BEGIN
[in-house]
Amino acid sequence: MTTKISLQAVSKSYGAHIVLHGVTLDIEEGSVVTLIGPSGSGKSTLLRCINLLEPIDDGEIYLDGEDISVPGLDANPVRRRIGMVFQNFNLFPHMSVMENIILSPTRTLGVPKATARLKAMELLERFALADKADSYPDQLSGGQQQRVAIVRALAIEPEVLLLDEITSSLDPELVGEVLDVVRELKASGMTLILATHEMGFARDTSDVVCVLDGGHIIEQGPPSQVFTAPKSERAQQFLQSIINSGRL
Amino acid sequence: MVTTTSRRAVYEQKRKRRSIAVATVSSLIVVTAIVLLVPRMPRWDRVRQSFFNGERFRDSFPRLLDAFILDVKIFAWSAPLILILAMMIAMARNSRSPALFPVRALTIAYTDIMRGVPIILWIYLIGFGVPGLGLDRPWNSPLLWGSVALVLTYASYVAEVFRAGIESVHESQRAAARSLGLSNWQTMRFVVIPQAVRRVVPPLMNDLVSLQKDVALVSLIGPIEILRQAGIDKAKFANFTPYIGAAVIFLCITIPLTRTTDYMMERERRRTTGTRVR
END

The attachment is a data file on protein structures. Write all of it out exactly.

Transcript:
[in-house]
Amino acid sequence: MTTKISLQAVSKSYGAHIVLHGVTLDIEEGSVVTLIGPSGSGKSTLLRCINLLEPIDDGEIYLDGEDISVPGLDANPVRRRIGMVFQNFNLFPHMSVMENIILSPTRTLGVPKATARLKAMELLERFALADKADSYPDQLSGGQQQRVAIVRALAIEPEVLLLDEITSSLDPELVGEVLDVVRELKASGMTLILATHEMGFARDTSDVVCVLDGGHIIEQGPPSQVFTAPKSERAQQFLQSIINSGRL
Amino acid sequence: MVTTTSRRAVYEQKRKRRSIAVATVSSLIVVTAIVLLVPRMPRWDRVRQSFFNGERFRDSFPRLLDAFILDVKIFAWSAPLILILAMMIAMARNSRSPALFPVRALTIAYTDIMRGVPIILWIYLIGFGVPGLGLDRPWNSPLLWGSVALVLTYASYVAEVFRAGIESVHESQRAAARSLGLSNWQTMRFVVIPQAVRRVVPPLMNDLVSLQKDVALVSLIGPIEILRQAGIDKAKFANFTPYIGAAVIFLCITIPLTRTTDYMMERERRRTTGTRVR